2002 Buick Rendezvous CX 3.4 FWD V6 from North America
First we lost all air conditioning due to an AC condenser with a hole in it. That was fun. Then the heat doesn't come on in the dead of winter at -40F and no way to defrost the windows... scraper to the rescue. But by the time I got to work with it (4 miles from home), the windows had iced up and couldn't see. So then the car starts over heating (according to the gauges), but still not heat. Finally the car just wouldn't start. One day it would start and the next it wouldn't. Off to the shop.
Replaced the thermostat, and the water pump. That should fix the heat, wrong. So now we replace the Idle Air Control Valve... not sure why. And replaced the throttle position sensor; according to the mechanic, that's why it would start every now and then. Didn't work. So back to the garage.
Mechanic did a dye test on the coolant, says there's combustible fuel in the coolant, so he says the heads are cracked, block is cracked or head gasket is bad. OK. Do some research on something called "Steel Seal", sounded great. Spent $90 on that and guess what... didn't work.
So now we're looking at $525 for 2 new heads and head gasket kit, plus another $900 for labor to put it all on. I WISH WE NEVER BOUGHT THIS CAR!!! Never owned a Buick, but it was only $3900 for it and was in great shape. Not impressed.
Never had a problem outta the Pontiac or our Fords. Luckily we have a Chevy pickup and a Ford Focus as back up. GM will never get my money after this. Not even for a free car!
Then we find out out about the class action law suit that was between consumers, Buick and Dex-Cool where the antifreeze was rotting the parts of the engine. Expired in April of 2009, we bought the car in June 2009 and no information provided to us.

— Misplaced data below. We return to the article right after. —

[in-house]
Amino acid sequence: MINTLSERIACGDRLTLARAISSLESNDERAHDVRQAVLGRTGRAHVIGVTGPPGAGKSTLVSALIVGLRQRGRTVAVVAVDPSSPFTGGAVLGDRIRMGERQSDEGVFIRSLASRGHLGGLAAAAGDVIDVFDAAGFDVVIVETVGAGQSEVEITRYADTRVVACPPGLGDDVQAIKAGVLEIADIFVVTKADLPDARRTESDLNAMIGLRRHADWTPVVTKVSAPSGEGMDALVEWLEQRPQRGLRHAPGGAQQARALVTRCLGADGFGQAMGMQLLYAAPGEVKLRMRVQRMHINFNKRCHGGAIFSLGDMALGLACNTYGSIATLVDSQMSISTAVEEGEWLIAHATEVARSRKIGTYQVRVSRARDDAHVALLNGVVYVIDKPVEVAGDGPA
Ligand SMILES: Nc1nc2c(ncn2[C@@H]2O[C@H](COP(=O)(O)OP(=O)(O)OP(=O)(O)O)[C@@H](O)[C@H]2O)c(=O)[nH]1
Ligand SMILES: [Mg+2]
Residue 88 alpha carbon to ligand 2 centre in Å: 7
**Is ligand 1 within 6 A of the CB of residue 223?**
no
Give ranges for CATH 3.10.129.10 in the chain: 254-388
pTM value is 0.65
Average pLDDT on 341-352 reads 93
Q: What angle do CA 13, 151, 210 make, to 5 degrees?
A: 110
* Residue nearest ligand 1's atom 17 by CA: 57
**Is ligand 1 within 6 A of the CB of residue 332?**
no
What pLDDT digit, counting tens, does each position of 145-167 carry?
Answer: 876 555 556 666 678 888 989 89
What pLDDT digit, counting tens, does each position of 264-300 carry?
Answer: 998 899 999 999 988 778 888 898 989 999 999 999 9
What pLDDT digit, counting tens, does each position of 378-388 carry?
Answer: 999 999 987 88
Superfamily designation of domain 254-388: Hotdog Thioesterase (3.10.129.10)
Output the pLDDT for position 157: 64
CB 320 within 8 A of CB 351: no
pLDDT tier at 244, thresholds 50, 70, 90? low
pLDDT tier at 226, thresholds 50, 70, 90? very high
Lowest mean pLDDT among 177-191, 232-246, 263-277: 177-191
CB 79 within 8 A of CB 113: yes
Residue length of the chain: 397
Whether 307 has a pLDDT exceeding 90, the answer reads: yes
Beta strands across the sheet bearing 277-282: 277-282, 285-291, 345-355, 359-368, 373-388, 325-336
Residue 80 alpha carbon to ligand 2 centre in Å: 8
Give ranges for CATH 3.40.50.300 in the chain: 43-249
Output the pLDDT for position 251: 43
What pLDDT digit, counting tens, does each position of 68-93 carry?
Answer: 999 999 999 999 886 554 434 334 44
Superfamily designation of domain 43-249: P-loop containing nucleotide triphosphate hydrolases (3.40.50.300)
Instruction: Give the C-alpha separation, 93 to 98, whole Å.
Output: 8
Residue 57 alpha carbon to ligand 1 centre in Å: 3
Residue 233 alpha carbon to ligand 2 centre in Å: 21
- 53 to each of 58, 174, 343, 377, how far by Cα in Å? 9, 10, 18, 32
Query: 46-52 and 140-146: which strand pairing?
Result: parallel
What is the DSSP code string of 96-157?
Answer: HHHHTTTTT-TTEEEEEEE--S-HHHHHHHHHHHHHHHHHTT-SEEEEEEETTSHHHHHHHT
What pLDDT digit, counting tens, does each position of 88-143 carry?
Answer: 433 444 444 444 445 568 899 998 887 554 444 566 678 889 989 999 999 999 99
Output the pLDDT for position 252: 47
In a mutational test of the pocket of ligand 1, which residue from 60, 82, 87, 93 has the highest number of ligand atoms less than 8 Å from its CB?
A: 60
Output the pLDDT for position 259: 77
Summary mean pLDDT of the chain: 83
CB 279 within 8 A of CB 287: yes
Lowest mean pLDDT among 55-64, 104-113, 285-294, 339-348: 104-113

Would you buy another car from this manufacturer? No
Review Date: 27th April, 2010
Wow, I can't believe anyone would buy a GM vehicle with 180K on it. I wouldn't touch a GM vehicle with 18K on it! I knew when I was 16 that virtually any GM product is trash, so it still surprises me when experienced drivers act all surprised when major stuff goes wrong.
Seems like a double standard here. I just read a Toyota review claiming “legendary reliability” at 98,000 miles while a failure on a GM vehicle at 180,000 miles is a “lemon.” It’s certainly frustrating to buy an older high mileage car and then spend half the value of the car in repairs. But I think this just goes with the territory regardless of make.
My first car was a used '97 Chevy with 119,000 miles. I traded it with over 130,000 miles after 4 years and I only had to change an alternator. My next car was a '99 Buick with 114,000 miles, which I traded at about 145,000 miles after 3 years with minimal problems.
Currently I have a 2005 Buick that I purchased with 16,000 miles that has required about $500 in non-scheduled maintenance in the last 2 years.
Overall my experience with used GM vehicles has been very good. My next car will probably either be a new or used Buick.